Michigan Health and Human Services Director Nick Lyon, pictured above, and four other Michigan officials have been charged with involuntary manslaughter over 12 deaths linked to the Flint water crisis caused by Legionnaires' disease, a form of pneumonia.
The other officials slapped with manslaughter charges — on top of existing cases — are former Flint emergency manager Darnell Earley, former Michigan Department of Environmental Quality drinking water chief Liane Shekter-Smith, DEQ drinking water official Stephen Busch, and former City of Flint Water Department manager Howard Croft. Each is facing 15 years in prison and a felony.
Lyon and his co-defendants are accused of covering up evidence revealing the health hazards of Flint's water. The city's supply was switched in April 2014 from Lake Michigan to the raw, untreated water of the Flint river, which leached lead from the pipes into the system. Over 100,000 residents were exposed to high levels of lead, and a federal state of emergency was declared in January 2016. Just last week, the water's lead levels fell below the government mandated threshold.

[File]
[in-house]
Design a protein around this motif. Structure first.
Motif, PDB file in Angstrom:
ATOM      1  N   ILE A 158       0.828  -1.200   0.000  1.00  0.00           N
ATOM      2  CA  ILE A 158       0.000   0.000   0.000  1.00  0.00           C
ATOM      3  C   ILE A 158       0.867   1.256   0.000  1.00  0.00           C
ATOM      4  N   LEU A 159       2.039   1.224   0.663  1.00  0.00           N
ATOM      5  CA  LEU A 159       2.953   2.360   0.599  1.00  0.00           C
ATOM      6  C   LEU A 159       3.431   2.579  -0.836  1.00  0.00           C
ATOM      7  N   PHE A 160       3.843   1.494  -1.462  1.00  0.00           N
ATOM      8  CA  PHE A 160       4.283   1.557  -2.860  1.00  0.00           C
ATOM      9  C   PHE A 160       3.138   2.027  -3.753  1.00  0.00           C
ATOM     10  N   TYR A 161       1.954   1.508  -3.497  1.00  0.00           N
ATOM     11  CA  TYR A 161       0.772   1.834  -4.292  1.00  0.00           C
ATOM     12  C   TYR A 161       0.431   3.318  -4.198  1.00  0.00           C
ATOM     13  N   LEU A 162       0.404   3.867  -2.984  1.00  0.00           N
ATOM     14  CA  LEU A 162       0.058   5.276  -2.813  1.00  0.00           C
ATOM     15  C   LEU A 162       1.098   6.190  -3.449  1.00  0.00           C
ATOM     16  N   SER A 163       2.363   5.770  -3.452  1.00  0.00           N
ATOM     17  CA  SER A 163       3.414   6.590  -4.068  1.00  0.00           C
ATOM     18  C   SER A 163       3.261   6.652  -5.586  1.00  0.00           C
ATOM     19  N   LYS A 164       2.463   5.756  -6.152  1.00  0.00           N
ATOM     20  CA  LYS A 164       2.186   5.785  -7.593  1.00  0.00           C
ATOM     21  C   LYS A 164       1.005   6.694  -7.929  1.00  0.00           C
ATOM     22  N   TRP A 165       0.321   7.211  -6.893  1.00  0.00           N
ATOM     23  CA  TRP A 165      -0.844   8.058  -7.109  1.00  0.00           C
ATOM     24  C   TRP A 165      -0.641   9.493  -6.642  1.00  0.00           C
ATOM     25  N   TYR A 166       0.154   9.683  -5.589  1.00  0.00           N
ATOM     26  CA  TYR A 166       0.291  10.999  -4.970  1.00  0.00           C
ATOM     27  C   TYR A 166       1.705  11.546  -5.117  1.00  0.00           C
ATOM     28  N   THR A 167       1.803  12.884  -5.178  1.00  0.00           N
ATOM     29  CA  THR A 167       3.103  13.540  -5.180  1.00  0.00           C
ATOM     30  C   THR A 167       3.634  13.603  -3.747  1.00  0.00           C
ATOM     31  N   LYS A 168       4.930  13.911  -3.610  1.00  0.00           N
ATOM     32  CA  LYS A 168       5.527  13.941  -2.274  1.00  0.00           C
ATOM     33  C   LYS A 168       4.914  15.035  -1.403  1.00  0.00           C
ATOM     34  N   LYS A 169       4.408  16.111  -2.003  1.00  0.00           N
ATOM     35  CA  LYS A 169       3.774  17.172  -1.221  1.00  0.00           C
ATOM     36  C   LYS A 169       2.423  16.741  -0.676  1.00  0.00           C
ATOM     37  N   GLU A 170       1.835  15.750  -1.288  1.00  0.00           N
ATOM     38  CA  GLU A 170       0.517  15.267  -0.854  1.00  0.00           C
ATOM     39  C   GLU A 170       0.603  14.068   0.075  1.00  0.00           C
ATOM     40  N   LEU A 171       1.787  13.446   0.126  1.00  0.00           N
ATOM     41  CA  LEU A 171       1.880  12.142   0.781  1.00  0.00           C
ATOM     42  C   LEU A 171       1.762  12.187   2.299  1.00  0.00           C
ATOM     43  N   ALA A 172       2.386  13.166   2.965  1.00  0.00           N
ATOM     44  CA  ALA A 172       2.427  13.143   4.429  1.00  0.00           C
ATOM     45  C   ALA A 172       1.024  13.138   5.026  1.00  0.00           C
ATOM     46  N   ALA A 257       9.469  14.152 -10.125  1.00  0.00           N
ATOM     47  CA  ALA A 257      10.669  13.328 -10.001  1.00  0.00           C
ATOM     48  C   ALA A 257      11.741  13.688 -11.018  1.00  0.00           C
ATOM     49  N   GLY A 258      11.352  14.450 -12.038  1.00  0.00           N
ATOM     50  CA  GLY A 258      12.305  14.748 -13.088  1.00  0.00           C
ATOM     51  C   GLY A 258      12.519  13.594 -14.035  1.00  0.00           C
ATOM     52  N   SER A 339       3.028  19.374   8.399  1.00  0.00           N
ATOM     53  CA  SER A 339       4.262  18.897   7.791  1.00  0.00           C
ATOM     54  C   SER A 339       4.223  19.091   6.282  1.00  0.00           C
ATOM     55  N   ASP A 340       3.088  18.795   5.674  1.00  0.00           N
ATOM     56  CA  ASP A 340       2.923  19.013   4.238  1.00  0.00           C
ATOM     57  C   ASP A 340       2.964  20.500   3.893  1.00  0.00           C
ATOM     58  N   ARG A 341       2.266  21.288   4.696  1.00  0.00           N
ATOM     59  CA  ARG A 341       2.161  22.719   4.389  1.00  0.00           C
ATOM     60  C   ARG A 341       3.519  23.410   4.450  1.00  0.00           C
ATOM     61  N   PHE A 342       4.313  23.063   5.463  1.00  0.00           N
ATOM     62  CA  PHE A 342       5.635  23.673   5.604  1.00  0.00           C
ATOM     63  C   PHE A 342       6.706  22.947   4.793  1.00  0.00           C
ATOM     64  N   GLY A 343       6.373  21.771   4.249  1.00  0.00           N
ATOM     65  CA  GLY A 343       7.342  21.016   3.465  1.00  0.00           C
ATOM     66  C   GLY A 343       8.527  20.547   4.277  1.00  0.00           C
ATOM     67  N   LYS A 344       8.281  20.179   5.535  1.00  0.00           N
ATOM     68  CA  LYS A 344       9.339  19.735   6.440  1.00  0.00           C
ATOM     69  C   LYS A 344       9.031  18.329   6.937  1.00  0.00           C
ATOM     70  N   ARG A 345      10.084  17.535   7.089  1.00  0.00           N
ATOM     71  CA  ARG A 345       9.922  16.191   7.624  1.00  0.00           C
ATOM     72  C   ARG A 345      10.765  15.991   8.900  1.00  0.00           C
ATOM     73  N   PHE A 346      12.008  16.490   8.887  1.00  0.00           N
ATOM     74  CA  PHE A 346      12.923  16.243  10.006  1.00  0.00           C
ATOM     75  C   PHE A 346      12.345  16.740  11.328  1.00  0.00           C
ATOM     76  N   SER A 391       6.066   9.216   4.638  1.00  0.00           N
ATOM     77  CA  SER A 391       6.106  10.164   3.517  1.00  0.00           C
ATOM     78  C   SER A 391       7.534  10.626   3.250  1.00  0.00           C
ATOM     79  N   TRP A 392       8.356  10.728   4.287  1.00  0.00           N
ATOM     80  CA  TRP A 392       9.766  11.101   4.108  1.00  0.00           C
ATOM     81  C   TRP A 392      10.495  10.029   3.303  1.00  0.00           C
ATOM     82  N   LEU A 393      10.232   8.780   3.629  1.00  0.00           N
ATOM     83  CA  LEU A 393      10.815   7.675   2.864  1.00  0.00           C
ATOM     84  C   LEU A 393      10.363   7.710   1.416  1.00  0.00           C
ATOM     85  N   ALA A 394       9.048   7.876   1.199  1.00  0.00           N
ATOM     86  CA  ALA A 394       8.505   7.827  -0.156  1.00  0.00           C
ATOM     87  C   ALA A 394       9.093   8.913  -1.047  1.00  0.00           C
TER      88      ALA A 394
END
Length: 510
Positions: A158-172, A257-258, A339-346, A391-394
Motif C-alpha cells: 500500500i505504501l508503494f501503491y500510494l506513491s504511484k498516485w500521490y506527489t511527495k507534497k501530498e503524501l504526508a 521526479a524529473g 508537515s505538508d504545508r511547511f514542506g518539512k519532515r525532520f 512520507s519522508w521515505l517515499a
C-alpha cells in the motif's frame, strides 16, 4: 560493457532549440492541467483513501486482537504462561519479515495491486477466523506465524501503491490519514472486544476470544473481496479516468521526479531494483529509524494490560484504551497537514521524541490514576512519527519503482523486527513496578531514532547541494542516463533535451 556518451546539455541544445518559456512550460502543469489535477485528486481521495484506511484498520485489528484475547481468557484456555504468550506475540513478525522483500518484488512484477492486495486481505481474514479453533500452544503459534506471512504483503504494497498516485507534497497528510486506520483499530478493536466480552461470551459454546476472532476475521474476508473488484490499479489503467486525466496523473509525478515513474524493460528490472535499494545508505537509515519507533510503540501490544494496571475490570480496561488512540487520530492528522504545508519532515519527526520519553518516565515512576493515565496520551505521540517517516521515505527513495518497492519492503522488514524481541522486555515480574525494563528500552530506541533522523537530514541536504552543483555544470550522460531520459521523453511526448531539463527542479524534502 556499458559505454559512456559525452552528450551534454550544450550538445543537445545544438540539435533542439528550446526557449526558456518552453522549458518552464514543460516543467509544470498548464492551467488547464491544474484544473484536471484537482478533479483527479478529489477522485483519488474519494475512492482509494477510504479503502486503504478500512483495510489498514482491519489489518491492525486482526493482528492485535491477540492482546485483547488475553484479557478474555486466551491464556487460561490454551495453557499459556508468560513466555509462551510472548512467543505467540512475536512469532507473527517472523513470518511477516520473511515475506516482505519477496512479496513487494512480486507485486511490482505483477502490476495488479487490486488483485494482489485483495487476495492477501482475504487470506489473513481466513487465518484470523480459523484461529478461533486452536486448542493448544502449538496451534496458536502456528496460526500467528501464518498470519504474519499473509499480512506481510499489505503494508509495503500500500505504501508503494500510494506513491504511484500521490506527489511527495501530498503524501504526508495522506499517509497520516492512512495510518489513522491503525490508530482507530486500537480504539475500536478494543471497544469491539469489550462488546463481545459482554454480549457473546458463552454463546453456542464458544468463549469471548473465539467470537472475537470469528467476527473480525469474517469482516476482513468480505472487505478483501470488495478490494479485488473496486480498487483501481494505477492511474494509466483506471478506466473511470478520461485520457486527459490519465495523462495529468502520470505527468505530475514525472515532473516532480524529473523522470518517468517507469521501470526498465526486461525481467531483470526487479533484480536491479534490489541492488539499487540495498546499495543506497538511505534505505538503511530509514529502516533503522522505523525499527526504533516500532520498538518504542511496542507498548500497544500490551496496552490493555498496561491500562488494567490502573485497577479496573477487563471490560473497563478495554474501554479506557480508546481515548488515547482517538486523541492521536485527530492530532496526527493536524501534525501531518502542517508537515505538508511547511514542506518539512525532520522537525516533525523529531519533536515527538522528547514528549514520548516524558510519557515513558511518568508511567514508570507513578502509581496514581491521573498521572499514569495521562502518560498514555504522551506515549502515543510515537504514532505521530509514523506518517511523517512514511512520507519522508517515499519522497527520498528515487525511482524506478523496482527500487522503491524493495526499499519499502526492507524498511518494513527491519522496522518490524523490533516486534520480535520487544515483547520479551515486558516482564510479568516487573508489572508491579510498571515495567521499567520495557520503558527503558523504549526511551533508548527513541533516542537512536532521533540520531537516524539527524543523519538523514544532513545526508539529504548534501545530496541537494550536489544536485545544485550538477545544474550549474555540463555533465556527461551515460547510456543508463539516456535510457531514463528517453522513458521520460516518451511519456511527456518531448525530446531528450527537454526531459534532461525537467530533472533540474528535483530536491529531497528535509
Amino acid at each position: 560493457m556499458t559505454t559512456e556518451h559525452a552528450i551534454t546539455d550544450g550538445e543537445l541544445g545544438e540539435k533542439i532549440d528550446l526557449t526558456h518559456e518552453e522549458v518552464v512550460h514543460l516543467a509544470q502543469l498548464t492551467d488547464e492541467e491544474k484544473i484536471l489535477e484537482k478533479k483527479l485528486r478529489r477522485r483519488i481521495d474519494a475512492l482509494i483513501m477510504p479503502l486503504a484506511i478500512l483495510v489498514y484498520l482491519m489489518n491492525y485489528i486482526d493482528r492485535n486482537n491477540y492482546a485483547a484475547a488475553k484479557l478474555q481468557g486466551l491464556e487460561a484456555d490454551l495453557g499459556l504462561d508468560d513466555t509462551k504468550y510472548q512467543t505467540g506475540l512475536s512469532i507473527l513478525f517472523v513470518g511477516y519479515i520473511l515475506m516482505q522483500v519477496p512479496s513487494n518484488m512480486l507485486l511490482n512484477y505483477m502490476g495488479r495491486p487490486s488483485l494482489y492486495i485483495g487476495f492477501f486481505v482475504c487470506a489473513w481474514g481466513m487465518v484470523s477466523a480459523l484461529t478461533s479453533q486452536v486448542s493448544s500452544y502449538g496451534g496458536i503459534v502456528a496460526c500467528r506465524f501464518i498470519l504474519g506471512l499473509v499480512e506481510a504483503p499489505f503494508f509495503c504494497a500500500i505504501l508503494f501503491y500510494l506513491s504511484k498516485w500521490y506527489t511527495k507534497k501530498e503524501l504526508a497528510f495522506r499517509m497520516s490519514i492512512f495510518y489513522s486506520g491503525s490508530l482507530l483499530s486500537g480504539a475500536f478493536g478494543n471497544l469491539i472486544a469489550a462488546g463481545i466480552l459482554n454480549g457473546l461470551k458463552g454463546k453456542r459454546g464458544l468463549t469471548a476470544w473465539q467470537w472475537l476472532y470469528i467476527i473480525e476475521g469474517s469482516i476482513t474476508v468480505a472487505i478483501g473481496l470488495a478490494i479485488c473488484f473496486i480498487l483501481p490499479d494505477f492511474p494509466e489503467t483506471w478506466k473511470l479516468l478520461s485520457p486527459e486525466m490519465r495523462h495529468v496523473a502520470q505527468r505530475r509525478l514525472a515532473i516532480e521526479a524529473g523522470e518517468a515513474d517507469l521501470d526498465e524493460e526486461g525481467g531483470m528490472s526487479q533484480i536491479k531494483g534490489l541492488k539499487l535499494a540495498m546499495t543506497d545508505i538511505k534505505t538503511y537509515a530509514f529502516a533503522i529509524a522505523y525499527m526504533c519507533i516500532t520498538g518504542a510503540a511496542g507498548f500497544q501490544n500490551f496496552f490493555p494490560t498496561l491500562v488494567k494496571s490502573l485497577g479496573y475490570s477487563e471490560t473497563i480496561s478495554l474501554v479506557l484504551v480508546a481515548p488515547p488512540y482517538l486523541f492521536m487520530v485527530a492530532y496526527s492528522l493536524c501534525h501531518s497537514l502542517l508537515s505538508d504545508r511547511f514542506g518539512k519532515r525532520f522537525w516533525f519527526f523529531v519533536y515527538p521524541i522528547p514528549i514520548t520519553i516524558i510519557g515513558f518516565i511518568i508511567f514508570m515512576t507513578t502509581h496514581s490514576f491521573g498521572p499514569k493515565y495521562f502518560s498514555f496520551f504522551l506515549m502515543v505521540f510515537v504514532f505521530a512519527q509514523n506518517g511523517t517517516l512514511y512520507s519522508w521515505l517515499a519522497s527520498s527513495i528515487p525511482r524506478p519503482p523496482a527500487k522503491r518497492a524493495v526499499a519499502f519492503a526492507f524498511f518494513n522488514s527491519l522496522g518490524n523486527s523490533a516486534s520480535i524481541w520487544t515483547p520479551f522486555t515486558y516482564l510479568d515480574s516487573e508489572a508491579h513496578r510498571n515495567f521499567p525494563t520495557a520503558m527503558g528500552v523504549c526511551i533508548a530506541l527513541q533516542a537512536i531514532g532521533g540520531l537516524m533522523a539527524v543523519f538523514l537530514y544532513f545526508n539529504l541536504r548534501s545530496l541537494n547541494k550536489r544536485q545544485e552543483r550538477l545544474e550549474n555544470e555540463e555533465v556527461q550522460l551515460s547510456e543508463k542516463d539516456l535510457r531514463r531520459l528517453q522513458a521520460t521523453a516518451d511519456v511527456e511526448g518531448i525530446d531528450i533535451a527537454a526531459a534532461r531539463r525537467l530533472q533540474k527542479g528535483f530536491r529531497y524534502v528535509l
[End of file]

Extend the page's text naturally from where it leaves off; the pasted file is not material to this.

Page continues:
According to the charges, Lyon and the other officials knew that Flint's tainted water could have led to an outbreak of Legionnaires' disease, and waited a year before telling the public. Twelve Flint residents died of the disease between 2014 and 2015. Lyon is specifically accused of causing the death of Robert Skidmore, who passed away from Legionaires' on Dec. 13, 2015.
Lyon is alleged to have "willfully disregarded the deadly nature of the Legionnaires' disease outbreak," and at one point said that he "can't save everyone," and "everyone has to die of something."
In addition to the manslaughter charge, Lyon faces a charge of official misconduct for ordering a staffer to stop a study that would have determined the source of the outbreak. If found guilty, he could spend five years in jail.
In total, 15 Flint officials have been charged in connection with the water crisis.